Chuma Himonga



Fatima Diallo


Junior researcher

Our Publications



In 2013-2014, The ILRU established three community partnerships for the State and Indigenous Legal Cultures project:

1. Snuneymuxw First Nation (British Columbia)

  • Secured additional funds to research Coast Salish civil procedure, protocols and legal language
  • Hired two student researchers
  • Developed a work plan involving:
  1. Collection of publically available Coast Salish stories
  2. Analysis
  3. Synthesis
  4. Return final report to community
  5. Course development

2. Aseniwuche Winewak Nation (Alberta)

  • Built on a previous project with new application using a legal pluralism lens
  • Secured additional funding for community consultation regarding the establishment of a native court
  • Worked with 20 community members to prepare a workshop about Cree law and Indigenous traditions of reconciliation for Education Day at the Truth and Reconciliation Commission of Canada (TRC) Alberta National event.

3. Vuntut Gwitchin First Nation (Yukon)

  • Initial establishment of working relationship
  • Completed Vuntut Gwitchin Heritage Department’s access and ethics application
  • Received completed partnership application from Vuntut Gwitchin First Nation



Our projects in details


On a broad level, the research objectives are to further legal, political and academic conversations between substantive Indigenous laws on specific subjects and state laws on the same subjects (1), and identify points of convergence and divergences, as well as fruitful spaces for collaboration and harmonization with in the current system (2). 

 On a particular level, the research objectives were:

  • our partner community, the Aseniwuche Winewak has a goal to develop and implement a credible justice process that is acceptable and sensitive to the needs, norms and aspirations of the Aboriginal communities in the area. Their objective was to develop a proposal for a justice process that is fair, principled and transparent, and where a record of decisions, along with the principled reasons for them, is kept and could be continually build on as precedent. The goals of this justice process would be to promote the personal responsibility of offenders to their communities and support community healing, with an overarching goal of contributing to the maintenance of safe, healthy and peaceful Aboriginal communities.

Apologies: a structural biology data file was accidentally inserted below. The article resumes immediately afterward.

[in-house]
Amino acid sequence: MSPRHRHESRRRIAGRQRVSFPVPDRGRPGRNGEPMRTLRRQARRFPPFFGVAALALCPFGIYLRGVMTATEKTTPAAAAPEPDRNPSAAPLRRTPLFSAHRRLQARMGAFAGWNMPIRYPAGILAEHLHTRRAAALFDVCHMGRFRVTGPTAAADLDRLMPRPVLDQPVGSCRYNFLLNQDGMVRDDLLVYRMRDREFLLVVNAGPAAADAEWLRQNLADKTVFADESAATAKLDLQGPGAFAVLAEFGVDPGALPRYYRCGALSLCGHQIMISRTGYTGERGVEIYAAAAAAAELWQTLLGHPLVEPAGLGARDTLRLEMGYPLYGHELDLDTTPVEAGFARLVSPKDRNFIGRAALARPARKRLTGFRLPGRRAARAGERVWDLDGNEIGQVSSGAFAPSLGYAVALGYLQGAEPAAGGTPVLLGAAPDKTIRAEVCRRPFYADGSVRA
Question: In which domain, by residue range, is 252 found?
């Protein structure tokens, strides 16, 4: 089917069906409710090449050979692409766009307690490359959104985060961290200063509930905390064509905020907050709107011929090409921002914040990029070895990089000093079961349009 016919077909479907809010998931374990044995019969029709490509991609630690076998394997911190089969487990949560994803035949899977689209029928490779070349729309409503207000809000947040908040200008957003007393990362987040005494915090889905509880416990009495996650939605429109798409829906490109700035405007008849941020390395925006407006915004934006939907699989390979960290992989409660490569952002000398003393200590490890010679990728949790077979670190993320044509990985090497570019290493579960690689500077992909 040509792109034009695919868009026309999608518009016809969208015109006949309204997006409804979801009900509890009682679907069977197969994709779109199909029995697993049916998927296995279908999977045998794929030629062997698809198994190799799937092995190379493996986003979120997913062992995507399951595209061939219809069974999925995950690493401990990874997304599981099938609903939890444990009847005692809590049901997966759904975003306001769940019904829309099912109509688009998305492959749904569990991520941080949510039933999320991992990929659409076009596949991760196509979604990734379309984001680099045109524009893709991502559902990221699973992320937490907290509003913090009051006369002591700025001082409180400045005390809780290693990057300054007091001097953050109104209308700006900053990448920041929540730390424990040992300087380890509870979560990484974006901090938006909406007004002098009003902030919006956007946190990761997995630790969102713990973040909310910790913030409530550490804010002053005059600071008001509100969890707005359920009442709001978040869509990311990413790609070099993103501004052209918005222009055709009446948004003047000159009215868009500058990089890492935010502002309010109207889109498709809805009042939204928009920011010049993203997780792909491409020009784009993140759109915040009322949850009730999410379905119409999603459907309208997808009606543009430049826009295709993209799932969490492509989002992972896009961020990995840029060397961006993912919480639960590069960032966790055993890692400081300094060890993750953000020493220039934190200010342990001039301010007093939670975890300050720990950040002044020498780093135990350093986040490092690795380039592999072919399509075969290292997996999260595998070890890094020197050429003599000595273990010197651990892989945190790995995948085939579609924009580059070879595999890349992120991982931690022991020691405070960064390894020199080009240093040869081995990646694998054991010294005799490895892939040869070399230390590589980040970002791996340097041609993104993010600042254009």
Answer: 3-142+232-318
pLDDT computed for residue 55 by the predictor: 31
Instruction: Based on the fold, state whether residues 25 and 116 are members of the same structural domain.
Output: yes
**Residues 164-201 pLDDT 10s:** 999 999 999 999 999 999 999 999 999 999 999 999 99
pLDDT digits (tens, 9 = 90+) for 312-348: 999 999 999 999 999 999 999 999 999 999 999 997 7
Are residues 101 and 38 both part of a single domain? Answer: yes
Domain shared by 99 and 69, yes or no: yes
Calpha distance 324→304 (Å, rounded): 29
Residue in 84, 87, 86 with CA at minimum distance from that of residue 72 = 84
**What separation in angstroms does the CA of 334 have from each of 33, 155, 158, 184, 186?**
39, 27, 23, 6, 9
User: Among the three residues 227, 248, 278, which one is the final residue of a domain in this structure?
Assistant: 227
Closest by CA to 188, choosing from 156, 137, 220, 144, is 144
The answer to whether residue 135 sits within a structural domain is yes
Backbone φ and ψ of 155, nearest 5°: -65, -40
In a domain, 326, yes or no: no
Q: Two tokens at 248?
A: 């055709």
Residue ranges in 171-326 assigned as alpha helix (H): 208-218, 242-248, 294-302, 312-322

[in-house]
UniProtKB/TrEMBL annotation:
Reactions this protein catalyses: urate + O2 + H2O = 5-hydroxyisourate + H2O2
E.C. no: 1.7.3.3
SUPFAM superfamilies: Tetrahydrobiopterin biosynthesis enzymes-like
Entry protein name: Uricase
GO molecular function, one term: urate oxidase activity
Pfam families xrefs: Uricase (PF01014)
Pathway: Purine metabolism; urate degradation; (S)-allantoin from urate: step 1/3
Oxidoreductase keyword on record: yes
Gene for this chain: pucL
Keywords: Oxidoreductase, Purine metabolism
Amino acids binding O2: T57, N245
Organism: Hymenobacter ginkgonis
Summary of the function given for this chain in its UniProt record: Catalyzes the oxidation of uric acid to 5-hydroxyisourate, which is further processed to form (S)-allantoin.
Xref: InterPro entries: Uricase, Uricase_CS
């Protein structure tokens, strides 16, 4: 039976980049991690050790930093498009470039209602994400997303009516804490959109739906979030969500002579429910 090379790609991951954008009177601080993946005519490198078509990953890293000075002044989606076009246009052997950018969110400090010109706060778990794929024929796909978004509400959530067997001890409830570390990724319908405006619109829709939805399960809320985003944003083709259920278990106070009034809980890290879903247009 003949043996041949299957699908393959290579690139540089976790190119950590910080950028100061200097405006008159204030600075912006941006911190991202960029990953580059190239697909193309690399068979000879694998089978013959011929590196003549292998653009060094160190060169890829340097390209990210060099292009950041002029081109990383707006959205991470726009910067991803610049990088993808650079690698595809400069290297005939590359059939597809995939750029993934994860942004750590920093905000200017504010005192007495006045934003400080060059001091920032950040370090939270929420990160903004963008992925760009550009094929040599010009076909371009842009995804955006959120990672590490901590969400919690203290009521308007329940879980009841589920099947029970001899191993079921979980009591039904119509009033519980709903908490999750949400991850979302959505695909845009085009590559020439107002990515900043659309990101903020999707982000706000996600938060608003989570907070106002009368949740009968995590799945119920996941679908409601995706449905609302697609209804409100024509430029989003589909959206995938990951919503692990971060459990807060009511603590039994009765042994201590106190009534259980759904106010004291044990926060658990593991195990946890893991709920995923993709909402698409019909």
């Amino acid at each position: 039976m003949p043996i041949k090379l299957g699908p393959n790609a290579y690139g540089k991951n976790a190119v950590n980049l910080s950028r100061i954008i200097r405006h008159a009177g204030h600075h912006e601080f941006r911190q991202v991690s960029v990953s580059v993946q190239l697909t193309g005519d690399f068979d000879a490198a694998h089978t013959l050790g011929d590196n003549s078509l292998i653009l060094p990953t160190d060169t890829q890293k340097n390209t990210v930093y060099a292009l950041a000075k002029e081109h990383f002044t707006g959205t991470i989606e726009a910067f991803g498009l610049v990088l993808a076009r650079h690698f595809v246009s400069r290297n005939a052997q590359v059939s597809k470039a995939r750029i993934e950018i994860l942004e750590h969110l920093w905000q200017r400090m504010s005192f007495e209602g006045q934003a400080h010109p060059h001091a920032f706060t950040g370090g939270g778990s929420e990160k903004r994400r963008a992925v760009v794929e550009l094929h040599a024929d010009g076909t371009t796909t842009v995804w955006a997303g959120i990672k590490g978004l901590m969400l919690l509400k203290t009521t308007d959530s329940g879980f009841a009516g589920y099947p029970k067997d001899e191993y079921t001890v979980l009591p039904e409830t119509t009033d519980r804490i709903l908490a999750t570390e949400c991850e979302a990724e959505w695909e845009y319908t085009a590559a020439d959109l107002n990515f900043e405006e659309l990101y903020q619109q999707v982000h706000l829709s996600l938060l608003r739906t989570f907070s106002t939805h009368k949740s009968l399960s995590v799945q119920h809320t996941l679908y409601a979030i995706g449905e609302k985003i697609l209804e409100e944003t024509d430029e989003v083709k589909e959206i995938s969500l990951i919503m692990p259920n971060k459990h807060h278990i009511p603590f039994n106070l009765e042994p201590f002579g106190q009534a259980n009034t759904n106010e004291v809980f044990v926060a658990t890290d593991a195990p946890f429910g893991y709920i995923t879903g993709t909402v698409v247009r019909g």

• ILRU’s primary objective was to seek broader community engagement related to the potential application and implementation of Cree legal principles in a formal criminal justice process. Over the summer of 2013, Aseniwuche Winewak was our partner community in a national research project aimed at identifying and articulating Indigenous legal principles, the Accessing Justice and Reconciliation Research Project [AJR Project], and we had previously developed a legal summary or ‘restatement’ of Cree legal principles responding to harm and conflict, based on principles identified and articulated in conversation with elders and other knowledgeable people within the community. Rather than ask people impossibly broad and abstract questions about justice, or asking them to identify community problems and the many failures of the mainstream Canadian justice system, this project began community engagement from the positive and empowering place of discussing what Cree legal principles for responding to harm and conflict have to offer today, and whether and how they might be applied in a contemporary, explicit and formalized justice process. ILRU’s secondary objective was to research and identify both practical and jurisprudendial spaces within the current Canadian justice system that could be compatible, or even mandate the use of Indigenous laws.



Child protection and child welfare more generally are serious matters of Indigenous law, both for the integrity of governance and the rebuilding of healthy communities. The main objectives for this sub-project were: